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Old 04-22-2008, 10:16 AM   #26
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Originally Posted by Beal View Post
Actually it theoretically started out as energy.
Who knows. No one knows what goes on in a singularity.
No one knows what the rules are.
We could all be inside a black hole contracting at just under the speed of light.
What we think is red-shift simply means we are contracting faster than what we can see.
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Old 04-22-2008, 10:22 AM   #27
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Originally Posted by Drysdale View Post
That's the thing. It isn't a religious discussion. That's what's so funny about everyone here. They're afraid of looking beyond their holy goddamn book of Darwin and question what's what.

Newton's theories don't hold up anymore. Why should Darwins, and why are we afraid to look into it? Why are people being silenced for mere mentions of ID in the academic and scientific realms? Why are they being fired and denied tenure? That's what this movie explores.

And everyone here is reacting just like the closed-minded Richard Dawkins.

Good job y'all! You might as well go thump a bible. You're just as backward as the most died in the wool rattlesnake kissing speaking in tongues ultra conservative Christians you pretend to be better than!
Most of the people who believe in evolution would be more than happy to open our minds to a soundly scientific theory to the creation and further adaptation of life on Earth. However the invisible-man-in-the-sky story has no basis in anything scientific. If you found a 2000 year old book that said fairies pushed the moon around the earth and the sparkles of fairy dust that trailed off of them creates the starts we see every night.. I think you'd laugh just as hard as I do when you say your invisible man (who's reference comes from a similar 2000 year old book) or space aliens, a secret race of lizardmen or whatever other super advanced intelligent species or being you think did it... created everything that exists.

Come up with a valid scientific theory and we evolutionists will be happy to open it up to study and discussion.
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Old 04-22-2008, 10:34 AM   #28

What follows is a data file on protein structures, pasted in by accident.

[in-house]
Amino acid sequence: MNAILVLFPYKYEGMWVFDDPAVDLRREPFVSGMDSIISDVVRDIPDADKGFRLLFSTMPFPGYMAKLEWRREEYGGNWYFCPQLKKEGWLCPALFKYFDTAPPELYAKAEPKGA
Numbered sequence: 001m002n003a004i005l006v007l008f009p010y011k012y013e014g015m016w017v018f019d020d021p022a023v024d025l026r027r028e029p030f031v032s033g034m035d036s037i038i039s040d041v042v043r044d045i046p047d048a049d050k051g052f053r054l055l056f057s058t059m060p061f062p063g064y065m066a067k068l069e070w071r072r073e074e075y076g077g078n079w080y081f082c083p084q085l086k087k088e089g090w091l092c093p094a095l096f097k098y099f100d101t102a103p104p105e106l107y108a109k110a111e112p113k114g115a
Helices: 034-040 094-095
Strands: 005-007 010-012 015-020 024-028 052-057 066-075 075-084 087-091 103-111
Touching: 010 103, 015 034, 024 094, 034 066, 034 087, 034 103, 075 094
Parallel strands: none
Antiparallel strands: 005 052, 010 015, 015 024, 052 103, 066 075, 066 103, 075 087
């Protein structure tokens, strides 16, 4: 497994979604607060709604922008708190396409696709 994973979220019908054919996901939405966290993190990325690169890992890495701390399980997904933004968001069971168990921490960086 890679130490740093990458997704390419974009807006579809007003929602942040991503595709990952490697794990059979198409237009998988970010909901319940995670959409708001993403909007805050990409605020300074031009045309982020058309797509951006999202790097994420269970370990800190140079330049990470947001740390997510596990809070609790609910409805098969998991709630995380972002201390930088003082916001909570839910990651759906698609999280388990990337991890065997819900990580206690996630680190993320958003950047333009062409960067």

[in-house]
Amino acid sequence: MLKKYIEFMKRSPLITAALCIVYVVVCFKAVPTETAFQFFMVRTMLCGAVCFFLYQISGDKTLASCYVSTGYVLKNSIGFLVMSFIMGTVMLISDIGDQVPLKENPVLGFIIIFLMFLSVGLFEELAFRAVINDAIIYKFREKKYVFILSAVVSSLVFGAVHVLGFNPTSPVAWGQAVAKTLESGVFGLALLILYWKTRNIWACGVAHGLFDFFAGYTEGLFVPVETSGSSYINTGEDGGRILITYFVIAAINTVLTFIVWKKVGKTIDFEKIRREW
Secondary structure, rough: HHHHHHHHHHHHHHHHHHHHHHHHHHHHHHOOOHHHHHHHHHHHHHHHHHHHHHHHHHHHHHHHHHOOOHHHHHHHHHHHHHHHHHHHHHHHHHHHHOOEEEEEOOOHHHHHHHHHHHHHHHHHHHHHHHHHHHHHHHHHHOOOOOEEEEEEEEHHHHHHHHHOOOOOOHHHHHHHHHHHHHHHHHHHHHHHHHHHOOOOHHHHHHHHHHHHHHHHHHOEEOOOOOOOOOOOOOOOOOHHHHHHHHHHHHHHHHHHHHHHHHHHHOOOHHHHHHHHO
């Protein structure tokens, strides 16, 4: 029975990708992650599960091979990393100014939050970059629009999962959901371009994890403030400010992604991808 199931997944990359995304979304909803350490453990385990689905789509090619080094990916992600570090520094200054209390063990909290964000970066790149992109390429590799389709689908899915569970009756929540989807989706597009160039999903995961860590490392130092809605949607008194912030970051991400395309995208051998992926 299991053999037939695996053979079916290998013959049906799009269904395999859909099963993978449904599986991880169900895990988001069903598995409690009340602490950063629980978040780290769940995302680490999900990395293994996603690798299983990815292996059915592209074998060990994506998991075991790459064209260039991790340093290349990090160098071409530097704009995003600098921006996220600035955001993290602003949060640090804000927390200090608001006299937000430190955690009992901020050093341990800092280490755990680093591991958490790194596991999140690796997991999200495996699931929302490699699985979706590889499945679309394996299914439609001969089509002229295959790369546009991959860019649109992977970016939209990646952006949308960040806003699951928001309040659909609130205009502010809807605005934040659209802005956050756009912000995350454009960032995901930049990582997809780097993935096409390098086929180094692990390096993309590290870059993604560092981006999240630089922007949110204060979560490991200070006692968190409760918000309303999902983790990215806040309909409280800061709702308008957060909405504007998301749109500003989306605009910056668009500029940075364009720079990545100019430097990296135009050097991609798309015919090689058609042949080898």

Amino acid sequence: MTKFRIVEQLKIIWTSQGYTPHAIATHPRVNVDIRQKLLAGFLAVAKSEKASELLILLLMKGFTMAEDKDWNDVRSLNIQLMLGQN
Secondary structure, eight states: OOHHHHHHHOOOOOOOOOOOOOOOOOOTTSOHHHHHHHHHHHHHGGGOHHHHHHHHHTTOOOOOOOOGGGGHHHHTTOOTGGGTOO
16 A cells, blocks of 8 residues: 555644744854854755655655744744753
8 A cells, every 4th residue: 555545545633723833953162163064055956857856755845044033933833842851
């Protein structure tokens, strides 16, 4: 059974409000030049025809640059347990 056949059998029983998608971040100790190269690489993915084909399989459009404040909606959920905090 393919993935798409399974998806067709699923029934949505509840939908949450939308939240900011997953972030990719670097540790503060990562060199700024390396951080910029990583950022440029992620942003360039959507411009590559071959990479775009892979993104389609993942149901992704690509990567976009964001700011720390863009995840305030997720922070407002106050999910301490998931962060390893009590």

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Originally Posted by Wildane View Post
Well, that's good. Where are your company's dollars invested?
Our R&D dollars lean heavily (~75%) toward cardiovascular, oncology, neurosciences, and infectious diseases. Any good publicly-traded R&D organization will invest those dollars in areas that will maximize investor returns while also serving the mission of the company, which for pharma/biotech usually boils down to helping patients live longer, healthier lives. While the "maximizing investor returns" part sounds coldly capitalistic, that most typically translates into addressing pressing, unmet medical needs. Lifestyle products aren't the mainstay of any large R&D organization. There's far more money to be made in oncology, heart disease, or pain management, for example, than there is in ED/hairloss.
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Old 04-22-2008, 10:58 AM   #29
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Originally Posted by Wildane View Post
There's a downside to giving a hungry man a meal?Well, I don't know about you, but I never said that was where it should end. What about shelters that also taught people a trade and had some kind of job placement program? If you didn't participate in the trade program, you couldn't stay. This way you help those that help themselves. Or, shelters that provide food, a bed and a roof in exchange for helping to clean up neighborhoods? I never suggested we just give everybody a sandwich and send them on their way.I hope that's a joke. Regardless, you need more than desire to pull yourself out of a hole. Sometimes you are able to do this yourself, others, you need help. What's wrong with making help easier to find for those seeking it?
Well I think we are a bit more in agreement then.